There’s a lot more to visiting Phoenix than luxury spas, golf courses and fancy resorts.
As one of the largest cities in the United States, Phoenix is home to more than 4.6 million people, a number growing at an unprecedented pace. It’s also home to dozens of distinct communities, from artsy Old Town Scottsdale to a revitalized downtown district and the lake-studded area around the University of Arizona. And while some 19 million visitors flocked to this desert-meets-the-mountains destination in 2019, there’s another side to Phoenix that begs exploring.
Centuries before the city was founded in 1881, the valley was home to Indigenous peoples, primarily two distinct tribes: the Akimel O’odham (River People), more commonly known as the Pima, and the Xalychidom Piipaash (People Who Live Toward the Water) commonly known as the Maricopa. Both share cultural values but maintain their unique traditions.
Around 11,000 members of the Pima and Maricopa tribes live on the Salt River Pima-Maricopa Indian Community that stretches across 52,600 acres to the northwest side of downtown Phoenix, with 19,000 acres of green space held as a natural preserve. Beyond visiting the casino resorts that operate on sovereign Native land, visitors can connect to living Native American culture in many ways around the city, ways that look back in time and gaze ahead to future possibilities.
From the pageantry of tribal dance and ritual to connecting with local artisans and delving into how the tribes were treated by the U.S. government, exploring Native culture adds depth and richness to any Phoenix experience.
Visit a thriving entertainment district
The Talking Stick Entertainment District is a compact swath jam-packed with activities and attractions – commercial enterprises planned and owned by Salt River Pima-Maricopa Indian Community. Visiting the district’s attractions is one way to directly support tribal enterprises and contribute to the well-being of the community – and have tons of fun.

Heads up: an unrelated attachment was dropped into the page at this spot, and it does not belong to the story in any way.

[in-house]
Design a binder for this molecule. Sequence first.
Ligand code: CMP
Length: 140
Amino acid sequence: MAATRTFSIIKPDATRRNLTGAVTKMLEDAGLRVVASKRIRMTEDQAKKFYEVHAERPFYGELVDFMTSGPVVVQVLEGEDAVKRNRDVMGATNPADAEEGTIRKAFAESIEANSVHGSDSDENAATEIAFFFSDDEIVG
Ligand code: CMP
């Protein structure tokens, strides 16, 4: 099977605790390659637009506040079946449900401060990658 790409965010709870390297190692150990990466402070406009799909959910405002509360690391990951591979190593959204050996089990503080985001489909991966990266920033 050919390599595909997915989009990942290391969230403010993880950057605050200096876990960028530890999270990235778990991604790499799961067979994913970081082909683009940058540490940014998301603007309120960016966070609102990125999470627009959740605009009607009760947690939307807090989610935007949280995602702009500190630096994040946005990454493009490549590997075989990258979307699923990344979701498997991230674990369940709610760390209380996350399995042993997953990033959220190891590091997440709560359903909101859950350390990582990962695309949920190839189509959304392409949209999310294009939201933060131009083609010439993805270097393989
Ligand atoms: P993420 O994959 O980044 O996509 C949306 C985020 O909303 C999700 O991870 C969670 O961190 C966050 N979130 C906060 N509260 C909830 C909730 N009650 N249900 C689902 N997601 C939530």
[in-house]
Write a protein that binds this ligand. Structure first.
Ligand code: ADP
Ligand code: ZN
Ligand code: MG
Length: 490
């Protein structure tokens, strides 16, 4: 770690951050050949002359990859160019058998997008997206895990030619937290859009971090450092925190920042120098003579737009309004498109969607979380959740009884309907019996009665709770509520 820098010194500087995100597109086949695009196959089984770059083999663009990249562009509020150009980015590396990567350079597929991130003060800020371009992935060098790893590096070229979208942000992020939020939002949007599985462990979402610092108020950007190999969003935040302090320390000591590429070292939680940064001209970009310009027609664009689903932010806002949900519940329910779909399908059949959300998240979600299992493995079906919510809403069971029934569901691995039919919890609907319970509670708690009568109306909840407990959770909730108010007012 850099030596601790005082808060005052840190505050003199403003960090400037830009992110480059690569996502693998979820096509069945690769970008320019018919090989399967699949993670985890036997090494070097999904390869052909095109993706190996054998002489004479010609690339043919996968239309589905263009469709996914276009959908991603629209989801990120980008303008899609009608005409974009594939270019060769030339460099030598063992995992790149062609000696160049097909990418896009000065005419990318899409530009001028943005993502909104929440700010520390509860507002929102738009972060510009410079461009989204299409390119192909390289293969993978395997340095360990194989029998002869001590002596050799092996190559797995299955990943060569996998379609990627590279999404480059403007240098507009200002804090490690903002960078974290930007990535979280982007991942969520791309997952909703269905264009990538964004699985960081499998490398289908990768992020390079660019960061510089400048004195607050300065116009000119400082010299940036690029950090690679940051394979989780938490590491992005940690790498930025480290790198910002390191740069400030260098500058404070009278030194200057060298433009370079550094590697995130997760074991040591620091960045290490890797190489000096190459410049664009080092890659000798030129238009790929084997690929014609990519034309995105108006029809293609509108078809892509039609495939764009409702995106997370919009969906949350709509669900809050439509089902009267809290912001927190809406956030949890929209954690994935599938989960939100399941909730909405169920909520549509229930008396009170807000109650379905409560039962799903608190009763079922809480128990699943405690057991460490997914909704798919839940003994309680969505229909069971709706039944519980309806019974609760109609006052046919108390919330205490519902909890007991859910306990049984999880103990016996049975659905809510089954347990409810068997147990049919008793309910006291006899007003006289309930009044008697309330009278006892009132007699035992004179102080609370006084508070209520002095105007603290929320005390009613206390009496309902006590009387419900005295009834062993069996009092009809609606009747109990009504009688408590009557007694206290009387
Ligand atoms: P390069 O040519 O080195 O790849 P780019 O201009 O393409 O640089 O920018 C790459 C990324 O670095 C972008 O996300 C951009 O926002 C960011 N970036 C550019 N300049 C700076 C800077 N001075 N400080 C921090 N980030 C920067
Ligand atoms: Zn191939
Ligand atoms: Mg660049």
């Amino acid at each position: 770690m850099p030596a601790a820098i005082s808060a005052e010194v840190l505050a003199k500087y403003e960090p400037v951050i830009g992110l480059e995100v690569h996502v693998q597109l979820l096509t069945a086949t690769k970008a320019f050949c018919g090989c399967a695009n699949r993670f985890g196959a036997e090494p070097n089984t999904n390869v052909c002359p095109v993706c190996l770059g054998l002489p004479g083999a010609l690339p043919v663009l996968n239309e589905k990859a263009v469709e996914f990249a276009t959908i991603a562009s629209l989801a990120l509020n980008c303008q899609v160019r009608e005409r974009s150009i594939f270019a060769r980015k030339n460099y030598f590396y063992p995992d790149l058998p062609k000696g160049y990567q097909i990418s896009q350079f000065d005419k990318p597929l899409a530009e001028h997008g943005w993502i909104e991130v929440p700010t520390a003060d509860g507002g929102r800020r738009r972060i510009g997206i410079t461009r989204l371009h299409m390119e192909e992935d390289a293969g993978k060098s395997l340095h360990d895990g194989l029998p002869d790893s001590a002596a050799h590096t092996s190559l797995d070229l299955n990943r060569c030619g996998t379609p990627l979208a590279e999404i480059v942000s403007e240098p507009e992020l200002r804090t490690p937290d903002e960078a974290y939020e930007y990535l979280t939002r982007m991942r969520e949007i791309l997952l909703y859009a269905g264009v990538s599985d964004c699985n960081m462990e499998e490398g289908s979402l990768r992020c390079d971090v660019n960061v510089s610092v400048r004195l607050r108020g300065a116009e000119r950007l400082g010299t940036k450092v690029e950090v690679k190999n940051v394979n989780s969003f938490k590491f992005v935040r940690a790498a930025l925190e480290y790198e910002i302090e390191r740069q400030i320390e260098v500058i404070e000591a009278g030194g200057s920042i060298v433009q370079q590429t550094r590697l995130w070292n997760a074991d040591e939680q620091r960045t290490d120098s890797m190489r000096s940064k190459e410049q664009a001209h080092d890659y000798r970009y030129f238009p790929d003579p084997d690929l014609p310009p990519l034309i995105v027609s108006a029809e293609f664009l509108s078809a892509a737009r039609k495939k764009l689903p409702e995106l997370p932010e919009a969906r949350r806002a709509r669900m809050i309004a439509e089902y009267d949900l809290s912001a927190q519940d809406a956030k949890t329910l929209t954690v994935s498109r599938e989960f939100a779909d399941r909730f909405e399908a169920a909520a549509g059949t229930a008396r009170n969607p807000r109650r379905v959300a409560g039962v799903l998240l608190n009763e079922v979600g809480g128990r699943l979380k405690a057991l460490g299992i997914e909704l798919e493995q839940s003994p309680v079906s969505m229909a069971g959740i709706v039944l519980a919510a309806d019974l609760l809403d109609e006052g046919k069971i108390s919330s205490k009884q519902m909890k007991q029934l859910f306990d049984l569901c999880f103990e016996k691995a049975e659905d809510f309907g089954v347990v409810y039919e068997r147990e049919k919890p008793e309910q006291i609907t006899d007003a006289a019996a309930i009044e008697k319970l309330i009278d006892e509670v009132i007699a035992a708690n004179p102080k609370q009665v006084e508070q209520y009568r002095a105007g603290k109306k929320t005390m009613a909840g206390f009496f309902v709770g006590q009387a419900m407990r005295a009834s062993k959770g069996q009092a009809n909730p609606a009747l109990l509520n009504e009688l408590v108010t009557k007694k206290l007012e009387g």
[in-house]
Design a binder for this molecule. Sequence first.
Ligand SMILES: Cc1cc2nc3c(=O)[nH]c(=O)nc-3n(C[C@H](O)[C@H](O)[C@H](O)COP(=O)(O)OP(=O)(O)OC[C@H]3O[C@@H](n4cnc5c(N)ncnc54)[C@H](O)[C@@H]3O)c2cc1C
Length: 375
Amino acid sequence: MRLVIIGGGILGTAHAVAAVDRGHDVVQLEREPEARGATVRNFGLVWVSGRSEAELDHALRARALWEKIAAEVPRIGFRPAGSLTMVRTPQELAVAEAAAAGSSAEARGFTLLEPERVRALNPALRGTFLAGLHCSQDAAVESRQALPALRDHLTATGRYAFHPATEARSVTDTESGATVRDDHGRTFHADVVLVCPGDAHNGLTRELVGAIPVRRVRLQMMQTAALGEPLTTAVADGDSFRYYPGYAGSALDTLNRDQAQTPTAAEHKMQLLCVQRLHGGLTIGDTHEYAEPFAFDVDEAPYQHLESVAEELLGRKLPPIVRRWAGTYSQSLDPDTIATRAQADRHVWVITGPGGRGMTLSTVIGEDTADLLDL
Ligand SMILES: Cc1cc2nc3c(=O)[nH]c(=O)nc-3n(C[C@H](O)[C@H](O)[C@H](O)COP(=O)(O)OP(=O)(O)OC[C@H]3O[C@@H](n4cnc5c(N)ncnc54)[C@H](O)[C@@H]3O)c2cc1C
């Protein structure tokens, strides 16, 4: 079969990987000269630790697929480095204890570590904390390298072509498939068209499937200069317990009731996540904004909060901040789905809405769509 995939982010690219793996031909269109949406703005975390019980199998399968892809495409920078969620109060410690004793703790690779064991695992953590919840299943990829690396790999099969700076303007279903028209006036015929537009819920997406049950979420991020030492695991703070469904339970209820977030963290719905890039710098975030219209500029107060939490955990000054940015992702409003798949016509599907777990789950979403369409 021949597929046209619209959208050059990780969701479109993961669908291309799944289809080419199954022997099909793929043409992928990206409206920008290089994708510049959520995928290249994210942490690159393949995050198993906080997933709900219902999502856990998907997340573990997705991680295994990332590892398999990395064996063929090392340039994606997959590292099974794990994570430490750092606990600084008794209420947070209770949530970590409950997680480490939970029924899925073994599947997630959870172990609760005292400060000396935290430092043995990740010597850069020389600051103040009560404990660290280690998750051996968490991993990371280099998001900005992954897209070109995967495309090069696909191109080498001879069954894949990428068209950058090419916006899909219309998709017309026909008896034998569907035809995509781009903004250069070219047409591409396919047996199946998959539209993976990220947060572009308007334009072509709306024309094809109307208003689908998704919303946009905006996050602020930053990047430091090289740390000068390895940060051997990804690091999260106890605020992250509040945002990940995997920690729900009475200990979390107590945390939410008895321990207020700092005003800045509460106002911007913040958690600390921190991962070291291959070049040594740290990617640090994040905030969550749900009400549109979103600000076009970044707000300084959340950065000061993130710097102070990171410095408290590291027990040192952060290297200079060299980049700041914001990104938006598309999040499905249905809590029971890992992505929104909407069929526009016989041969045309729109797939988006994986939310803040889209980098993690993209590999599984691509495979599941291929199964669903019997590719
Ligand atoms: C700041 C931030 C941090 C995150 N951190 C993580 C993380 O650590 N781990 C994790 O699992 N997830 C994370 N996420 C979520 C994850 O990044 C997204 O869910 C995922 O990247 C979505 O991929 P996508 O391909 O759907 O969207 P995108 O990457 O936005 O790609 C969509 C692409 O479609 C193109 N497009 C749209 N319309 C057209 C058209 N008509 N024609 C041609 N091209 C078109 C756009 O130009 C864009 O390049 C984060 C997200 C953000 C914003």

The 12-year-old district is anchored by Talking Stick Resort, a luxury casino hotel with 10 restaurants and bars. That includes the five-star gourmet Orange Sky, with its 360-degree views of the valley from the 15th floor.
You can also catch a game or a concert at Salt River Fields at Talking Stick, the first Major League Baseball stadium on tribal land. Topgolf gives golfers the chance to up their game in climate-controlled comfort. Arizona Boardwalk includes OdySea in the Desert, the largest aquarium in the Southwest, as well as Butterfly Wonderland, America’s largest butterfly conservatory.
As you tool around, take note: the culture and the history of the O’odham and Piipaash people are also shared through building design, landscape and interior art at many sites.
Go hiking at A Mountain to see petroglyphs
The 60-foot-high letter ‘A’ on the side of Hayden Butte Preserve Park, known locally as A Mountain, stands for Arizona State University. Way before the university was founded, the butte was considered a sacred place by the Salt River Pima-Maricopa Indian Community, and thousands of years ago, by the Hohokam people, who lived in the area between 750 and 1450 C.E.
Today, this section of the mountain is popular with hikers and history buffs interested in seeing hundreds of petroglyphs, with some easily seen from the trails on the south side of the mountain.
Connect with local artists
Frustrated by a dearth of opportunities to showcase their Native jewelry designs, Denise Rosales and her daughter Heather Tracy founded Native Art Market in 2018. It’s a parking lot-turned-gallery for some 30 Native artisans, their crafts and their stories, along with fry bread and music and dance performances.
Open on weekends between November and March, the market spotlights artists like August Wood, who has spent the last 13 years working with elders to learn both paddle and anvil pottery, as well as Pima basket weaving techniques. Maricela Hinojosa is another regular with her business, Beaded Plume, a modern take on the custom beadwork of her Pima and Yaqui heritage.
During the heat of summer, artists do indoor shopping pop-ups, community art fairs and First Friday art events. Tracy and her sister, Devin Shea Tunney, along with their mom, opened a brick-and-mortar gallery in 2020, also called Native Art Market. It’s open year-round.
Be alert to imported goods sold in trading post shops that don’t give local artists their due. For information on purchasing authentic arts and crafts, contact the Indian Arts and Craft Board and the Indian Arts and Crafts Association.
Try some fry bread
The Fry Bread House was recognized by the James Beard Foundation as an American Classic in 2012, an honor given to authentic family-owned businesses. The first Native American-owned restaurant to be so honored, the Fry Bread House was opened in 1992 by Cecilia Miller, a member of the Tohono O’odham Nation.